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When working to improve a process, it is not enough to implement a solution and stop. Without a plan to maintain the gains, at the first sign of trouble, systems will revert to what has been comfortable in the past. That usually means a return to some past operating procedure. To prevent this, there must be a linkage of the improvement to the management system. This involves monitoring important metrics, documenting methods and procedures, and providing a strategy for dealing with problems in the future.
The 5-S philosophy is associated with lean thinking. The objective of lean thinking is to provide a business with long-term profitability by developing a more effective workplace, which is accomplished by eliminating waste in the work environment. The result is a safer workplace, improved product quality, and lower costs for both the business and its customers.
Lean thinking may result in a reduction in work force, but that is not its purpose. In fact, the application of lean thinking for the purpose of reducing the work force is not lean thinking at all. Since some companies have done this, lean thinking has been given a bad reputation and has made waste reduction efforts more difficult.
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5S and the Engineering of Waste Reduction
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Mistake proofing is an effort to stop defects at the source. The prime objective is to prevent defects from occurring in the first place, but if they do occur, to stop their progression through the process. By stopping a defect at its source, its cost impact is minimized.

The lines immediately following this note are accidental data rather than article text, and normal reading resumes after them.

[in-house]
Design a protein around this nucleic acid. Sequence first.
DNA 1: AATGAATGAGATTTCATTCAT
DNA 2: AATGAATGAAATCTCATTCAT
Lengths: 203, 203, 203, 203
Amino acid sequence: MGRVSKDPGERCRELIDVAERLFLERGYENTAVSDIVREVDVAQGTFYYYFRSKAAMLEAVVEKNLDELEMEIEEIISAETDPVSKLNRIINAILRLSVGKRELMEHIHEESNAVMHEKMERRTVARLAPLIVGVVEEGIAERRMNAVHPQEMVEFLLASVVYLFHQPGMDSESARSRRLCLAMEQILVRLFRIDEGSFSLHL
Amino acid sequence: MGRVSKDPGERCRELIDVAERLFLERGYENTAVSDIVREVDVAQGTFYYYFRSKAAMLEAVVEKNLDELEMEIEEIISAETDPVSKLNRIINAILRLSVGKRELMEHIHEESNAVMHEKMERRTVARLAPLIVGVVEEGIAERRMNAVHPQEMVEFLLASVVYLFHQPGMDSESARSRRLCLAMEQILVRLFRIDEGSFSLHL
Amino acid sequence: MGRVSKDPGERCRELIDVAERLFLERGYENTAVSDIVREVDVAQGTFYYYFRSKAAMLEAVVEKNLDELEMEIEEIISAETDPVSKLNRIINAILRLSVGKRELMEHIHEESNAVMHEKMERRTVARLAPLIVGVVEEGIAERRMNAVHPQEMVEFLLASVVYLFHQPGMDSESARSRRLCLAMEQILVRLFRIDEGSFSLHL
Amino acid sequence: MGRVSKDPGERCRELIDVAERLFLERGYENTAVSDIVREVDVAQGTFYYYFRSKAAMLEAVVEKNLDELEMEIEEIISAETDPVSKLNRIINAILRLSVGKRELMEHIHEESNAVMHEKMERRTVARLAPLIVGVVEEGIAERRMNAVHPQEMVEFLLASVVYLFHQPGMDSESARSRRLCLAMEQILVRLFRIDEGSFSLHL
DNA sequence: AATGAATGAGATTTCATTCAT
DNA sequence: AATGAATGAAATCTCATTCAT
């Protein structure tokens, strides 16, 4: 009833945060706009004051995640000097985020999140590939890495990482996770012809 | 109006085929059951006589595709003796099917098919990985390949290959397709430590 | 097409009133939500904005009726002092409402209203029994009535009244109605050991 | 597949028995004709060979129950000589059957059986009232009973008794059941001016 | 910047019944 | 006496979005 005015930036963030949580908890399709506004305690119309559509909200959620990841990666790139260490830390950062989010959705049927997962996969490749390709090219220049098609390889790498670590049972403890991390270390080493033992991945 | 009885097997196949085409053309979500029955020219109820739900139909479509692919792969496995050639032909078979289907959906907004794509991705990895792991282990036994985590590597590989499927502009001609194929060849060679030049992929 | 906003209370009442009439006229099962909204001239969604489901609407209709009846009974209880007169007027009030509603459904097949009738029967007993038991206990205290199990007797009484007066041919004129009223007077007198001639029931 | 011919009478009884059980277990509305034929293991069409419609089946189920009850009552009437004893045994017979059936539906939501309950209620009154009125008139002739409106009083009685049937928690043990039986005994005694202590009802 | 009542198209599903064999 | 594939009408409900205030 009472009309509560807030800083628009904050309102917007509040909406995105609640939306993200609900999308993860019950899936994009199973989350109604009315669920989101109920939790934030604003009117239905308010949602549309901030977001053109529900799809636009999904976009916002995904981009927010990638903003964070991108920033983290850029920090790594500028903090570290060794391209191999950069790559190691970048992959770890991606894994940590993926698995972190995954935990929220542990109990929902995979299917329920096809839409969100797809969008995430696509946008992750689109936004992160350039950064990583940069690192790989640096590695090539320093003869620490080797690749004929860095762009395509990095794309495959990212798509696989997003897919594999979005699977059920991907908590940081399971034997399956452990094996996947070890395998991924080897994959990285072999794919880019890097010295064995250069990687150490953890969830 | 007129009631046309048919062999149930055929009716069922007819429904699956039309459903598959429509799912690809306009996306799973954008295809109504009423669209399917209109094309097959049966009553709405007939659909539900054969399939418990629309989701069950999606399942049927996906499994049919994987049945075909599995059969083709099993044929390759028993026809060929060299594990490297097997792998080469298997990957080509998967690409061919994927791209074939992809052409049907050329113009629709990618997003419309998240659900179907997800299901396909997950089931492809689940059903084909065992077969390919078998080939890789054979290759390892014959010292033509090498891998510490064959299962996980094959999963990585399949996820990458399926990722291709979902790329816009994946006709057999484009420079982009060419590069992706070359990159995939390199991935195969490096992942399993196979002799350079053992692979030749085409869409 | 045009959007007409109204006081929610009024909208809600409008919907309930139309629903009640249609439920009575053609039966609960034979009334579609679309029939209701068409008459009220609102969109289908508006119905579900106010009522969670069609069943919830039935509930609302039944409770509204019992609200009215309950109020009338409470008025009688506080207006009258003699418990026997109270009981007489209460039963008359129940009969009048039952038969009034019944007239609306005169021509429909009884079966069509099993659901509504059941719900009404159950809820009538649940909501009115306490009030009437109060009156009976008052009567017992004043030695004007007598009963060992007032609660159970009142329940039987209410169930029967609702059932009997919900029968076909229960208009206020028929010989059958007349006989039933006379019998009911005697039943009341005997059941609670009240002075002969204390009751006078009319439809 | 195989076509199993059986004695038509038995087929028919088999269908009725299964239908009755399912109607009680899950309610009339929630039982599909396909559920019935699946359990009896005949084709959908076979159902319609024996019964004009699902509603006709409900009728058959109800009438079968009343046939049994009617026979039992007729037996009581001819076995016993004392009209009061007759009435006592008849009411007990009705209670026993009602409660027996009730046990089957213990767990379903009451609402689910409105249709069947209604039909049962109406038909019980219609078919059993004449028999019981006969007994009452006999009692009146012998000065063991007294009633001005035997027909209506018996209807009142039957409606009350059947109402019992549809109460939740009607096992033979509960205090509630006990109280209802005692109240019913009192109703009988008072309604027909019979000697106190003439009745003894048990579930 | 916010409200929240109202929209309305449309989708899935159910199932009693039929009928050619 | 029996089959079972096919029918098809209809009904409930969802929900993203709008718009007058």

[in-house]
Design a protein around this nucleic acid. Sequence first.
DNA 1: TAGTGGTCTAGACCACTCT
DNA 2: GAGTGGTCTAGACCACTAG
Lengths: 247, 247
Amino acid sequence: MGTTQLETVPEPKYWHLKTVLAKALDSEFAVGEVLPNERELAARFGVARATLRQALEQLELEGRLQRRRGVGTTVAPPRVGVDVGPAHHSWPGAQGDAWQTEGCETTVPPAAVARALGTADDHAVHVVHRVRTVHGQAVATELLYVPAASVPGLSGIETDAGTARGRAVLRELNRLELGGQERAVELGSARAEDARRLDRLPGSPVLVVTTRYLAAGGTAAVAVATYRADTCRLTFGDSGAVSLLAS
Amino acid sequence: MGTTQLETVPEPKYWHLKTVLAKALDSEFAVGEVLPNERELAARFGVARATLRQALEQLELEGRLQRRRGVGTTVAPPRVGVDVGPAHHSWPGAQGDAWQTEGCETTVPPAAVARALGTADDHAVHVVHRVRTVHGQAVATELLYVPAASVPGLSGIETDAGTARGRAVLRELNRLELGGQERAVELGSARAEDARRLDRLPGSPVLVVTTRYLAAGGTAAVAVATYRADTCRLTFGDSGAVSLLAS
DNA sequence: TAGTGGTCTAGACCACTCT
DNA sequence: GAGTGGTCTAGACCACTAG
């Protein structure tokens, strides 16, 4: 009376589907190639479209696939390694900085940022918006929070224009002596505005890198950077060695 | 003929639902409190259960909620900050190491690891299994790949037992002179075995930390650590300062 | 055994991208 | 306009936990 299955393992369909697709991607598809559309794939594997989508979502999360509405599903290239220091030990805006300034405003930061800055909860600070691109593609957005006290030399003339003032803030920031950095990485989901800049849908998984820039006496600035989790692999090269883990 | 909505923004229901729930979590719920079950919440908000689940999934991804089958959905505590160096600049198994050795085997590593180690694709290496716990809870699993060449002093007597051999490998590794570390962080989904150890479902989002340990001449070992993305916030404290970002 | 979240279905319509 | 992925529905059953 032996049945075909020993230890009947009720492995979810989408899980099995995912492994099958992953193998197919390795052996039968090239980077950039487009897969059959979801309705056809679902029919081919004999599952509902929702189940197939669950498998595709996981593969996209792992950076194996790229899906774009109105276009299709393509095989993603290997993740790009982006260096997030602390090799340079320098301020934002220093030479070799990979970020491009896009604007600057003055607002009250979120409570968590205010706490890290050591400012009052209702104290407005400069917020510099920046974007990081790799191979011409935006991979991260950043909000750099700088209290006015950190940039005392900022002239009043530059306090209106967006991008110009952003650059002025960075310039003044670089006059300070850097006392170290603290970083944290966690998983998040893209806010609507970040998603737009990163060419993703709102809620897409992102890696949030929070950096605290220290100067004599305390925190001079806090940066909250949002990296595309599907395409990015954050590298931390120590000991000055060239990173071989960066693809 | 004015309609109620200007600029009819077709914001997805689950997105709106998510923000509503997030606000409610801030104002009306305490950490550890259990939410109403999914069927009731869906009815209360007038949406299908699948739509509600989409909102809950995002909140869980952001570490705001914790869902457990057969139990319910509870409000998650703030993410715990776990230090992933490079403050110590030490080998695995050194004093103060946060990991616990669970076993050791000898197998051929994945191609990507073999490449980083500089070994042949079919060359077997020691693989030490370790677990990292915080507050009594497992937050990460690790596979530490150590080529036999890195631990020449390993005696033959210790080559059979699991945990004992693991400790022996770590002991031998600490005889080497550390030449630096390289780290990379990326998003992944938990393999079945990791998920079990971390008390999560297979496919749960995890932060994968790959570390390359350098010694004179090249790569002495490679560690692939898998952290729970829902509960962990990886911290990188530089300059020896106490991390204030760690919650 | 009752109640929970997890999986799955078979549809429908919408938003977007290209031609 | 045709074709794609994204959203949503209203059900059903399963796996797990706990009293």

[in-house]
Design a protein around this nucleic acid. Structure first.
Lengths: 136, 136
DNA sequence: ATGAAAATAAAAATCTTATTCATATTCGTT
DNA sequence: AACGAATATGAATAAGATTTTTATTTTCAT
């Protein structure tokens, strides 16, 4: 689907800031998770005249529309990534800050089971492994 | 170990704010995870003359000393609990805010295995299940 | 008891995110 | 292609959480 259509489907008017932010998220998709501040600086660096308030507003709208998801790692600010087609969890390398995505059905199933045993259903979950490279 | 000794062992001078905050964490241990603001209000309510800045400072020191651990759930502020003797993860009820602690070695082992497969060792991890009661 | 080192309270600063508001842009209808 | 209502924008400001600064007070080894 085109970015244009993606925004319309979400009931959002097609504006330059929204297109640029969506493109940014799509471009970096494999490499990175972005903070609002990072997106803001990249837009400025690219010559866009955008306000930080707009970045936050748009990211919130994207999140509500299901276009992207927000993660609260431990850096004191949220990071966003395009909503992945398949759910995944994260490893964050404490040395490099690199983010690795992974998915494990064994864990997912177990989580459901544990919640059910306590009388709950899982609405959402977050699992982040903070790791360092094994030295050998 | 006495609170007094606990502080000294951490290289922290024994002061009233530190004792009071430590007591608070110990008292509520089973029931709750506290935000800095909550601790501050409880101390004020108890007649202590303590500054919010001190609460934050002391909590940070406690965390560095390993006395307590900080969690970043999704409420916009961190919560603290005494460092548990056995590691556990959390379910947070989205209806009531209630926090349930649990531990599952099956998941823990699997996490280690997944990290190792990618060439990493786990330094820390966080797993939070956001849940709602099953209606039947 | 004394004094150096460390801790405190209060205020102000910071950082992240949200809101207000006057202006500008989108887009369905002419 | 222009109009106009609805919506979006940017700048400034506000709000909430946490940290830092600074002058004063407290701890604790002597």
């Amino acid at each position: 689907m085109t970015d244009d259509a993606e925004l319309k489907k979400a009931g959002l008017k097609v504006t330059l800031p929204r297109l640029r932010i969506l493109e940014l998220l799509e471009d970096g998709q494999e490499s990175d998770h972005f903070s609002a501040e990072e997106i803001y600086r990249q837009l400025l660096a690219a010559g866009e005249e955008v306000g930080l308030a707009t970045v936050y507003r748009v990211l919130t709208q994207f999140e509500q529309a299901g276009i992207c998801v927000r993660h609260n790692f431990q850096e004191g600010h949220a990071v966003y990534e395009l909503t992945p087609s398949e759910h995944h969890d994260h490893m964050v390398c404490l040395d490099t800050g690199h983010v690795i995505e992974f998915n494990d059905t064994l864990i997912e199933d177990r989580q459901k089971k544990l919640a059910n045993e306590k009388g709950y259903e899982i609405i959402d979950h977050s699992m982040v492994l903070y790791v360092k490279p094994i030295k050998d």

The further the defect progresses through a process, the more waste occurs. The more waste that occurs, the higher the cost impact. As a result, the best place to stop a defect is in the design of the process, product, or service. Once the process is in place, waste starts to be generated as a process output along with the product or service.
Before discussing measures of central tendency, a word of caution is necessary. Customers do not feel averages. They feel their specific experience. As a result, while central tendency is an important descriptive statistic, it is often misused. For example, a customer is told that the average delivery time is noon, but his actual delivery time turns out to be 3:00 PM. The customer, in this case, does not experience the average and may feel that he has been lied to.
If you were selecting a basketball team, what criteria would you use for the selection of players? If an academic team were being selected, what would your criteria be? If the selection of a Six Sigma process improvement team were the objective, what criteria would be used?
It seems so simple, but we can sometimes make things complicated. Too much attention to politics and control will spoil the team’s chemistry. There are some simple rules, though, that can make the process less painful and more successful.
There are different ways to see a process. As we think it is, as we think it should be, and as it really is. When we see a process as we think it is, we are disconnected from reality. When we view a process this way, we cannot see the source of the process’s defects and waste. This is the most common way that people see processes.